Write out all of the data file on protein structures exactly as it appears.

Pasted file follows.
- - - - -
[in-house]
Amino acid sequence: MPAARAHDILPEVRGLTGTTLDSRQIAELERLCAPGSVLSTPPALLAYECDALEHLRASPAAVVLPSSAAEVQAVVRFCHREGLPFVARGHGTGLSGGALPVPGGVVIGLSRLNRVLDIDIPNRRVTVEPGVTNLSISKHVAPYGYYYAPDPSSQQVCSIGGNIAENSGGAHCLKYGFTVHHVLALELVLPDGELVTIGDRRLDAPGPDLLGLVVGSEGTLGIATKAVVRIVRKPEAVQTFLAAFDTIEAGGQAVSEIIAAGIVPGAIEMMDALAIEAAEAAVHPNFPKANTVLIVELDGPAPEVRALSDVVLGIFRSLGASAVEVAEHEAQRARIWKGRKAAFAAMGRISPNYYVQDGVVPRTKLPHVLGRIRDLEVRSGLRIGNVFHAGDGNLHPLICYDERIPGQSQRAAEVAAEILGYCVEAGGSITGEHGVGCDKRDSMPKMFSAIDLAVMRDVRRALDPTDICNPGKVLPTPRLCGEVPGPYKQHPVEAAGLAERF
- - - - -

[in-house]
Amino acid sequence: MPAARAHDILPEVRGLTGTTLDSRQIAELERLCAPGSVLSTPPALLAYECDALEHLRASPAAVVLPSSAAEVQAVVRFCHREGLPFVARGHGTGLSGGALPVPGGVVIGLSRLNRVLDIDIPNRRVTVEPGVTNLSISKHVAPYGYYYAPDPSSQQVCSIGGNIAENSGGAHCLKYGFTVHHVLALELVLPDGELVTIGDRRLDAPGPDLLGLVVGSEGTLGIATKAVVRIVRKPEAVQTFLAAFDTIEAGGQAVSEIIAAGIVPGAIEMMDALAIEAAEAAVHPNFPKANTVLIVELDGPAPEVRALSDVVLGIFRSLGASAVEVAEHEAQRARIWKGRKAAFAAMGRISPNYYVQDGVVPRTKLPHVLGRIRDLEVRSGLRIGNVFHAGDGNLHPLICYDERIPGQSQRAAEVAAEILGYCVEAGGSITGEHGVGCDKRDSMPKMFSAIDLAVMRDVRRALDPTDICNPGKVLPTPRLCGEVPGPYKQHPVEAAGLAERF